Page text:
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The Essence of Home: Living in a Work of Art*
Located in North Berkeley among architecturally significant homes, and prominently sited at 1325 Arch Street, is a Swiss Chalet-style house designed by Bernard Maybeck in 1907, originally named Semper Virens, but more commonly known as both The Albert Schneider House and The Kroeber House. This home exemplifies Maybeck’s artistic vision as an architect. Shielded from the street, a wisteria-covered arbor greets you as you enter a truly exquisite home with stunning design elements that pay homage to its rich history.
This five-bedroom, three and one-half bath home has been cherished by its owners, who all felt privileged to live in this unique treasure. Spaces for gathering and other rooms for private contemplation blend throughout. Filled with the brilliance of its heritage and the beauty of natural materials, it has been restored with exceptional attention to its lustrous originality while blending modern features and amenities. Broad graceful bracketed eaves and Swiss scroll-sawn wooden balconies and decks look out onto San Francisco and Golden Gate views.
You enter the living and dining room, in which exquisitely refinished redwood interiors glow as the sun shines through, lending the space a warm, intimate energy, a welcoming harbinger of the beauty yet to come. The upstairs shared common room is enhanced by a light-filled glass ceiling, with an adjoining sunporch with enveloping glass windows that evoke the feeling of being in a treehouse. There are three bedrooms on the second floor: The principal bedroom has an en-suite bath and beautiful views of San Francisco, the Golden Gate Bridge, the Bay Bridge, and Mt. Tam, and opens onto a balcony, to further accentuate these awe-inspiring vistas.
The feeling of union with the environment can be experienced throughout the house. The suppleness of the wood, anchored with copper nails, can best be appreciated as the sun flows in through the many windows and doors that link this home to the serene outside areas. The flourishing garden offers a private portal to the flora and fauna of the surrounding landscape, one of the cornerstones of Maybeck’s creative conceptualization. It stands out as a stunning specimen of the architect’s principled consideration of nature as a springboard for designs that enhance, rather than subdue, the organic elements around it.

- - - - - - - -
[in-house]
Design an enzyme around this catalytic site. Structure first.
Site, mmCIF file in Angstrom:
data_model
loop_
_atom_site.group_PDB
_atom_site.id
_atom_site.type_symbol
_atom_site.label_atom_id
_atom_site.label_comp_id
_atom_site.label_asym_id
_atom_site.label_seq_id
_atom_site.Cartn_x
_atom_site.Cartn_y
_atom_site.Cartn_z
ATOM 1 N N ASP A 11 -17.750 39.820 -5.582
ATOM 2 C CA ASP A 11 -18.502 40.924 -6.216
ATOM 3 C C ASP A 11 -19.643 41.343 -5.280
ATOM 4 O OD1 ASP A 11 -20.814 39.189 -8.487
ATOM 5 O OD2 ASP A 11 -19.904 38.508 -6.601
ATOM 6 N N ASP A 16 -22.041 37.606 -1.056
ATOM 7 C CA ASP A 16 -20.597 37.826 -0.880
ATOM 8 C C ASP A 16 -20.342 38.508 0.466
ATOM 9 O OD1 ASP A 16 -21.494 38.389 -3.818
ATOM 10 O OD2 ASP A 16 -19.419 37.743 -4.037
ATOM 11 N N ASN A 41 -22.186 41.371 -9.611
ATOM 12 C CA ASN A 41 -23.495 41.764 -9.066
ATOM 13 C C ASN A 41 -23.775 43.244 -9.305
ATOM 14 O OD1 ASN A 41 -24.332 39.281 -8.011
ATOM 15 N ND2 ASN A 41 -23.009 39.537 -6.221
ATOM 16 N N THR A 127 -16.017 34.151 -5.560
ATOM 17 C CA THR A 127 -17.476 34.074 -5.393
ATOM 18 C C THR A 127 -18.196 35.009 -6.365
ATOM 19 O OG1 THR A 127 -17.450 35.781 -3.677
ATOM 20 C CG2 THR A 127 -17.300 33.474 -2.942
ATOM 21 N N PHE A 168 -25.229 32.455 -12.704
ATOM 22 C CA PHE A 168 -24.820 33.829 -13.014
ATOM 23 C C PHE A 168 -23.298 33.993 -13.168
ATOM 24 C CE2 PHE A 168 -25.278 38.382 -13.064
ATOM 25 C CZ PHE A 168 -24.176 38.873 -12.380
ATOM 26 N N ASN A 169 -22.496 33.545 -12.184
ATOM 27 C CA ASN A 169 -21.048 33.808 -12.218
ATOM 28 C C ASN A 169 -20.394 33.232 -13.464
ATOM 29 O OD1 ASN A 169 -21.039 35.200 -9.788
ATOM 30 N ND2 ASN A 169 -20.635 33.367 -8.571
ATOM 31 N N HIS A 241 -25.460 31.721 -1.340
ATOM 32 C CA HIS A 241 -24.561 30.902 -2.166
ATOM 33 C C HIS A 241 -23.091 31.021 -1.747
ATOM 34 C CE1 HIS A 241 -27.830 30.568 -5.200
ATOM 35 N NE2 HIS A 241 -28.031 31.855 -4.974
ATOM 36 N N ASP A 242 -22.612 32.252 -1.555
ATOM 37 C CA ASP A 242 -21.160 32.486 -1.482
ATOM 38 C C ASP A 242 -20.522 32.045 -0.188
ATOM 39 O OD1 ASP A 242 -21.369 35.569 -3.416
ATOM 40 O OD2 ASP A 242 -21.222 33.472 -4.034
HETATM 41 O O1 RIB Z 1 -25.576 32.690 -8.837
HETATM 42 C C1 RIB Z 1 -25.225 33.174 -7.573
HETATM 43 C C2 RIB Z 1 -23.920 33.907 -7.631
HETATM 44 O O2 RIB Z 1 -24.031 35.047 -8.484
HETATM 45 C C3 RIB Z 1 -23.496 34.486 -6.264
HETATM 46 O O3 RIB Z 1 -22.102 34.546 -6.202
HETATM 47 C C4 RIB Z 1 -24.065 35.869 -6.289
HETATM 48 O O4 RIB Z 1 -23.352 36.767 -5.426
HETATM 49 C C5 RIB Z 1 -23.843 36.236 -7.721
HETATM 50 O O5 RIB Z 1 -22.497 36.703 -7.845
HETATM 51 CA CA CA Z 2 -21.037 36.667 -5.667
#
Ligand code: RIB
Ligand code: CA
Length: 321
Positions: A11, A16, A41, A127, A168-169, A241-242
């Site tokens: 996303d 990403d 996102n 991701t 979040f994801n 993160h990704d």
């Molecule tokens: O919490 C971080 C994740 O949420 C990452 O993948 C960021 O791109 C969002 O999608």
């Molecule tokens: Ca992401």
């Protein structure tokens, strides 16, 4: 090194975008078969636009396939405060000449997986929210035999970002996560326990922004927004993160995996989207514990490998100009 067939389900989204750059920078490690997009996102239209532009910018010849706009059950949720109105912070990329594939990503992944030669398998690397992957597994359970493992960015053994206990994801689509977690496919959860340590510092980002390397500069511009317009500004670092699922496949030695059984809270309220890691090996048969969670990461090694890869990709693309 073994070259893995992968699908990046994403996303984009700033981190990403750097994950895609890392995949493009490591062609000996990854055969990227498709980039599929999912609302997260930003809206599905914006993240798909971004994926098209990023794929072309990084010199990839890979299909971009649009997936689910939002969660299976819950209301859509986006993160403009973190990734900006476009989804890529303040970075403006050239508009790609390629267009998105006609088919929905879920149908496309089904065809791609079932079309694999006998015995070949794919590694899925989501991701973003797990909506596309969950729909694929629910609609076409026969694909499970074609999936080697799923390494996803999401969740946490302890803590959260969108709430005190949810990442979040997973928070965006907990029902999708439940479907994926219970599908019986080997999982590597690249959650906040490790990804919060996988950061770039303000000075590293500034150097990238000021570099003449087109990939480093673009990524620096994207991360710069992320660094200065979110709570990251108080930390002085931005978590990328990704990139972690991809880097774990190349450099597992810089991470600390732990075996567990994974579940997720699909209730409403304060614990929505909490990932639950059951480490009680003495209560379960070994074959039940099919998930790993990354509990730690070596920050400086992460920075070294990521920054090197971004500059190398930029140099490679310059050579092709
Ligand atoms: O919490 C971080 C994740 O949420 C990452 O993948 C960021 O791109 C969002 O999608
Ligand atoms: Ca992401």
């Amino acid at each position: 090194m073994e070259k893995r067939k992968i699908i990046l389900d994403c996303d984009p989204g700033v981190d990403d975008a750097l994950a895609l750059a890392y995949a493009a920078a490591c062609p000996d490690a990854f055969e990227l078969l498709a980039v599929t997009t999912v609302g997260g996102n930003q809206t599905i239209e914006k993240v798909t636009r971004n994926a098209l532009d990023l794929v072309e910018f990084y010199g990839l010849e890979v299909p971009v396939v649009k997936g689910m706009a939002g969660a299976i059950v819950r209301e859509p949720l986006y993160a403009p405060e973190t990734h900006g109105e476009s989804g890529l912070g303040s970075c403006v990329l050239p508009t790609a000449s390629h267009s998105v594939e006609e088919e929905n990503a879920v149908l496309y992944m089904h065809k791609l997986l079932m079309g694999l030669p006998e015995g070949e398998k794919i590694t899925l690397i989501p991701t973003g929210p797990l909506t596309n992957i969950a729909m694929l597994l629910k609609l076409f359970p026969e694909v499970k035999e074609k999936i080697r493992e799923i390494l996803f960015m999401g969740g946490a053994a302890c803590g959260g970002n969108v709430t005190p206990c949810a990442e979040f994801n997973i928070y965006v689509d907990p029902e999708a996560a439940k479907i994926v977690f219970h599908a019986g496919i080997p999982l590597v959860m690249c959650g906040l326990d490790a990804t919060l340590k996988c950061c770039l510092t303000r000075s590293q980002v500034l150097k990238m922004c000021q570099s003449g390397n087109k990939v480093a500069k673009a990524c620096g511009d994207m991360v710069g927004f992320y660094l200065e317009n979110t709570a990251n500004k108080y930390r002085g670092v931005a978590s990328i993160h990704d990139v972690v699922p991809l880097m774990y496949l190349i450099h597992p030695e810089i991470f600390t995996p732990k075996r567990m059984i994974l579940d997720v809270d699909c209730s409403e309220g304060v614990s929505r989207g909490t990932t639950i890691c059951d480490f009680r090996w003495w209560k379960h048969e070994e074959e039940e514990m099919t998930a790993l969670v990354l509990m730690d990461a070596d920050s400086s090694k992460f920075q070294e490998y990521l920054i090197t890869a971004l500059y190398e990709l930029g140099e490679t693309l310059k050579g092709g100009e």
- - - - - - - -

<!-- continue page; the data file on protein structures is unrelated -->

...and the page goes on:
Accessible proximity to shops and restaurants, as well as UC Berkeley, BAMPFA, the Berkeley Rose Garden and Codornices Park, this is a home that will charm and inspire its future occupants. In the words of the late poet and novelist Ursula K. LeGuin — daughter of Alfred and Theodora Kroeber, renowned American anthropologists — who grew up in this remarkable home: “If I recall my childhood, I recall that house. It is where everything happened. It is where I happened.”… “Writing this, I wonder if much of my understanding of what a novel ought to be was taught to me, ultimately, by living in that house. If so, perhaps all my life I have been trying to rebuild it around me out of words.”*
This architectural jewel, so prized and adored by each of its prior owners, is awaiting the buyer who can truly appreciate its unique value. The opportunity to obtain this home is an incredible gift to give yourself.
* Used with permission of the Ursula K. LeGuin Literary Trust. Ursula Le Guin wrote “Living in a Work of Art” in 2007 for the periodical called Paradoxa.
** Wilson, Mark Anthony , Bernard Maybeck: Architect of Elegance , Gibbs Smith, 2011. Pgs. 19,85-88
***Neither Sellers nor Listing Agent has verified the accuracy of any of these sources of information.
Features and Amenities: Exterior and General